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Question
My four and a half years old female German Spitz feels devastated after we lost our 11 years female German Spitz five months ago.The biggest problem I face now is her extremely poor eating habits and that she does not eat enough.Kindly provide suggestions and also a dietary recommendation,if possible.

Thanks,

Rick

Answer

Hi Rick,

I'm sorry to hear of the loss of your dog five months ago. Dogs, like people, can grieve for a lost companion. It's fairly common for it's appetite to be effected by this.

You haven't mentioned what you've tried already to get your dog to eat, I'd imagine you've tried adding tidbits to her meals. Since your surviving dog is fairly young, I'll assume that she's healthy. A good way of stimulating appetite is to increase the dog's daily exercise. A couple of extra long leashed walks, or a run in the park (with other dogs, if she enjoys it) is a good way of providing that exercise.

Sometimes, if a dog is used to dry food, switching (or mixing in) canned dog food will get it to eat. Warming the food is a good way to release the food's smell which can entice the dog into eating.
Things like a little crumbled bacon, grated cheese (or even moist cheese like cottage cheese that will "stick" to your dog's food), crumbled hard boiled egg, peanut butter (again, the sticky factor), cooked plain oatmeal, plain yogurt, and chopped canned salmon, are all good things to try, as many dogs find these foods irresistible.  

There are high calorie nutritional supplements that act as an appetite stimulant and added source of energy, which is something else you could try. Most of these are in gel or paste form, so even if the dog won't voluntarily eat it, you could smear it on her tongue or the gum area between her teeth and cheek inside of her mouth, if need be. Brands to look for are Nutri-Cal, EnerCal, Supplical High Calorie Gel, K9 Restart, Clinicare Liquid Diet, or Dogsure. You can find these products at larger pet stores. You could also try liquid meal replacement products made for humans, such as Boost or Ensure, just don't use the chocolate flavor.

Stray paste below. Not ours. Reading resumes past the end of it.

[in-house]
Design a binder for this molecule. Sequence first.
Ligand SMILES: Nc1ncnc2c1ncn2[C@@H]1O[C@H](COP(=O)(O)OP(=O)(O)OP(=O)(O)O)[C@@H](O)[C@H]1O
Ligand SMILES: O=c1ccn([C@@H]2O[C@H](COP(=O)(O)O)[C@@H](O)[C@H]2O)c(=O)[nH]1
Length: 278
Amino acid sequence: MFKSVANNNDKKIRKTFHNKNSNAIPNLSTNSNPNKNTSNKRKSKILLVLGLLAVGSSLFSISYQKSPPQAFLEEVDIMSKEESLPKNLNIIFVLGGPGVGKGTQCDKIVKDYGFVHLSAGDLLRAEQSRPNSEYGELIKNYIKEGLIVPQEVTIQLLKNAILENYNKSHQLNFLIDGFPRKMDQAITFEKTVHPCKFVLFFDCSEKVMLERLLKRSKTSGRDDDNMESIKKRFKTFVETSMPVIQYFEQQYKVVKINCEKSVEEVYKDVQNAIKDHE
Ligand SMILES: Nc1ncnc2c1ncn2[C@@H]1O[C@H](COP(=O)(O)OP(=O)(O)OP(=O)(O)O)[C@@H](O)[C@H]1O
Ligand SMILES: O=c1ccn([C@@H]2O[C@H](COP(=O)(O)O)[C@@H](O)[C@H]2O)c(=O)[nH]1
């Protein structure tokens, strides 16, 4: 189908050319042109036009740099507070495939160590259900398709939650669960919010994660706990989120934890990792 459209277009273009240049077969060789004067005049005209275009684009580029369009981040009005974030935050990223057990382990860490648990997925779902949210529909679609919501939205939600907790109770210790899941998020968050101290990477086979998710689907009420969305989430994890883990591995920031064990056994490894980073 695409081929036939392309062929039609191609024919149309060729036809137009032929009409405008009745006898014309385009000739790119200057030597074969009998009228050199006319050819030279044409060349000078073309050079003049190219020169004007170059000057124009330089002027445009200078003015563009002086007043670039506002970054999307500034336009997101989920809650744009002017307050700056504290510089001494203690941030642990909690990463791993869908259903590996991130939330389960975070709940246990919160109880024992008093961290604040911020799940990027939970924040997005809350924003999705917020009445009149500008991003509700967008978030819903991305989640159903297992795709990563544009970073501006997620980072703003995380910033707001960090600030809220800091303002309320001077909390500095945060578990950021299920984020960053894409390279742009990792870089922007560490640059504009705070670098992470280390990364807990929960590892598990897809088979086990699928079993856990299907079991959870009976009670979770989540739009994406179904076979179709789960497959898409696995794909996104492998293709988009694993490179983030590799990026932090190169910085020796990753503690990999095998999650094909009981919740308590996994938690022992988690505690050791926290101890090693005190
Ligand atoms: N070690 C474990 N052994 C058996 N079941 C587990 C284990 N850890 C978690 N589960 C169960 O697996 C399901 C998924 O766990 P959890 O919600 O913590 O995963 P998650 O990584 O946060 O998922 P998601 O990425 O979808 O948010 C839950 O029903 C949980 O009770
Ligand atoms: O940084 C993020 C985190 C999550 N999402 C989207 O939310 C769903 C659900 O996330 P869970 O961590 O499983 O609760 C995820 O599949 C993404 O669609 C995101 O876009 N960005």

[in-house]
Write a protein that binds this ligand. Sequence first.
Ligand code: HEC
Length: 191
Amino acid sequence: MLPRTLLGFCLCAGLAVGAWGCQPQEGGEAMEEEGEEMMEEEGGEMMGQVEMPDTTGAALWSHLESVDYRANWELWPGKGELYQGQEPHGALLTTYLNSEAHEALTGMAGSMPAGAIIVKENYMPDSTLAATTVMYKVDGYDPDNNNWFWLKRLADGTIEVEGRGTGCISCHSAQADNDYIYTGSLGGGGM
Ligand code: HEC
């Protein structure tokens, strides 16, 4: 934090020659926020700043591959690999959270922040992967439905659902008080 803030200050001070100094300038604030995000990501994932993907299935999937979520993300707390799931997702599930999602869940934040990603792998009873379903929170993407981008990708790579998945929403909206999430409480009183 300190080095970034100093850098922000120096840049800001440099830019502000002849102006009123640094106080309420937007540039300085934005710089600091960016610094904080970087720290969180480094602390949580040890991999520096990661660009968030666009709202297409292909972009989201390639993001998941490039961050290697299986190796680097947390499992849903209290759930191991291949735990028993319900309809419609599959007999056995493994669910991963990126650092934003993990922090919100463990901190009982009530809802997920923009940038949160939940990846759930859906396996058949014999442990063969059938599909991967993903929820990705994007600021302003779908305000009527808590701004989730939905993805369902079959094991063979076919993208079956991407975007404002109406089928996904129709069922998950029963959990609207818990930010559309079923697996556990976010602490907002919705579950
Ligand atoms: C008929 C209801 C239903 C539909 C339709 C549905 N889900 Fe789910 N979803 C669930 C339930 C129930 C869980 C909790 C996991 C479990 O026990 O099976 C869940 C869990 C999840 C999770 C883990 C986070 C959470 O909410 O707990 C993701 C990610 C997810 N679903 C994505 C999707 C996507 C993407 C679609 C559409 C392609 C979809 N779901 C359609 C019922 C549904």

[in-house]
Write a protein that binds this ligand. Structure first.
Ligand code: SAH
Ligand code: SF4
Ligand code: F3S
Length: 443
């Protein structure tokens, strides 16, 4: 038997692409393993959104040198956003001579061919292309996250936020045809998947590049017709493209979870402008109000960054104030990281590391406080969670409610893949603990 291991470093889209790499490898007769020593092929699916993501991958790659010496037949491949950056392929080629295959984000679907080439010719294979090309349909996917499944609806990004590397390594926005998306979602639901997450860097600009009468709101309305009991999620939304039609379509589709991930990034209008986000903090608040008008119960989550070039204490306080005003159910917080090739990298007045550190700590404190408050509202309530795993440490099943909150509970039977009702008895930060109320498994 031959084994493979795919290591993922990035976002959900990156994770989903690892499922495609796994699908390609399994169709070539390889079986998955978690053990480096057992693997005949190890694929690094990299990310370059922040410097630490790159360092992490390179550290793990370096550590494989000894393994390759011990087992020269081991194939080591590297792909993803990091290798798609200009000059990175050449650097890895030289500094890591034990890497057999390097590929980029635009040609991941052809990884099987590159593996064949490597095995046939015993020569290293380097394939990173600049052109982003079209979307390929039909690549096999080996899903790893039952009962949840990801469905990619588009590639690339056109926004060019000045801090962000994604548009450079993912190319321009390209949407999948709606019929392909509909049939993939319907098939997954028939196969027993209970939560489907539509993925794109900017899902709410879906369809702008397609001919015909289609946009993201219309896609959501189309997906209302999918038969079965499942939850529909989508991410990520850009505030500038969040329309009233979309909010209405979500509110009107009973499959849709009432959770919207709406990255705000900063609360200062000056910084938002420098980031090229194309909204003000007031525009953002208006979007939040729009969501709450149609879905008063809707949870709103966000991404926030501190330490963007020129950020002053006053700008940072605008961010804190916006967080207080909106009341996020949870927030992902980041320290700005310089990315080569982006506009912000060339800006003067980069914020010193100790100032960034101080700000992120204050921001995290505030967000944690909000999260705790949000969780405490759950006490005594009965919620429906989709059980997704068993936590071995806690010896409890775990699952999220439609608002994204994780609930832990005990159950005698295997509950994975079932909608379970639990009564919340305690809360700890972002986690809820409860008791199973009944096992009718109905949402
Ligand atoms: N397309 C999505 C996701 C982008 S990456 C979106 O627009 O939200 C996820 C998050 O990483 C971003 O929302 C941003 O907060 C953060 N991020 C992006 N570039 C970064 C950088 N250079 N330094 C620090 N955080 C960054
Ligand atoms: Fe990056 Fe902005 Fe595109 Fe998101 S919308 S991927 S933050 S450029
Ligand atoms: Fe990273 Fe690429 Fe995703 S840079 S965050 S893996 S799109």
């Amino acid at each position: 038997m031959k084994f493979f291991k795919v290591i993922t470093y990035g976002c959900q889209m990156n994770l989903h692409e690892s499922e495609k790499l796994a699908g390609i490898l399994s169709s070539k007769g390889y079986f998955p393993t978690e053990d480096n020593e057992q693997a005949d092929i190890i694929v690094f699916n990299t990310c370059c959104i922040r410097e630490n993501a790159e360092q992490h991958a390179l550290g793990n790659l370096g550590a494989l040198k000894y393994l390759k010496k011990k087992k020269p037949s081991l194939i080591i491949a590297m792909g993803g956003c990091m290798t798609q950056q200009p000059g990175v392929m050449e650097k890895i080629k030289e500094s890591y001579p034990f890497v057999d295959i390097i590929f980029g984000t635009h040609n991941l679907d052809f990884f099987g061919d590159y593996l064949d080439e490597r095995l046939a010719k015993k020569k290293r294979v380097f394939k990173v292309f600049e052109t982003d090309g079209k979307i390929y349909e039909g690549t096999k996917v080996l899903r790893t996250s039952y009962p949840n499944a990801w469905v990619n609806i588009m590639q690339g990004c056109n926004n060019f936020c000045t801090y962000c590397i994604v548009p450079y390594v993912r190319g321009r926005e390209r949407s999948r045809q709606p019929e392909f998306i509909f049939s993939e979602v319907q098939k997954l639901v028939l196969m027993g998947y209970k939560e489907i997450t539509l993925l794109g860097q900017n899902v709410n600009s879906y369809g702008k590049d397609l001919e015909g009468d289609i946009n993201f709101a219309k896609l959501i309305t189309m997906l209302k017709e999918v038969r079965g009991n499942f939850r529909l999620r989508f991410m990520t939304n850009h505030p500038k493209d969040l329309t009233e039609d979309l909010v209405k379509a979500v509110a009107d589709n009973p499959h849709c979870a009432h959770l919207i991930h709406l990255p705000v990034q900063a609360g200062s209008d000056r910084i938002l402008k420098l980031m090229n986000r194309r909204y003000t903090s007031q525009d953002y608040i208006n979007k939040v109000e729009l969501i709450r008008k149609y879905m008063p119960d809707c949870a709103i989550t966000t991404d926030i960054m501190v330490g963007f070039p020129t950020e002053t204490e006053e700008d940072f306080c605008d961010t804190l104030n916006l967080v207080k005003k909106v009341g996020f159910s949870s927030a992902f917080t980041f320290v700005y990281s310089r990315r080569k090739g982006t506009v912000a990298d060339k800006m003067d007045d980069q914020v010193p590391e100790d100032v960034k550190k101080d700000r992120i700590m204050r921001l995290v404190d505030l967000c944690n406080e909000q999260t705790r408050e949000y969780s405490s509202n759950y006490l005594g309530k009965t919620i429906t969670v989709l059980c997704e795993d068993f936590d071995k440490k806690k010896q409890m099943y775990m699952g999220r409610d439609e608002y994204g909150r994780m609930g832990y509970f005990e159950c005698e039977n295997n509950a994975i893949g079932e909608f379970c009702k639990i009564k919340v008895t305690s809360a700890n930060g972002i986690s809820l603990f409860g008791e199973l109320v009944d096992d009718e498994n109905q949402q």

Lastly, there are appetite stimulants your vet could prescribe, if nothing else seems to be working.

I hope I've been a help.
Best of luck,

Patti

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Patti

Expertise

To date, I've owned 7 dogs, all of which have lived into old age. Having cared for them in all stages of life, I feel I can offer sound advice to other pet owners, and people considering getting a dog. I am knowledgeable about the AKC (American Kennel Club) dog breeds, training and exercise, caring for sick and elderly pets, feeding, as well as many holistic treatments pets can benefit from. My only request is that you write me using standard English and punctuation.

Experience

My life experience in this field is more like "on the job training" rather than an actual degree in animal welfare. You may benefit from my experiences over the past 30 years. Aside from the dogs I've owned, I'm also involved in "breed rescue" and have fostered several dogs, all of which have been adopted to wonderful "forever homes". I find helping people who want a dog very rewarding.

Education/Credentials
Real life experience, based on over 30 years of dog ownership.

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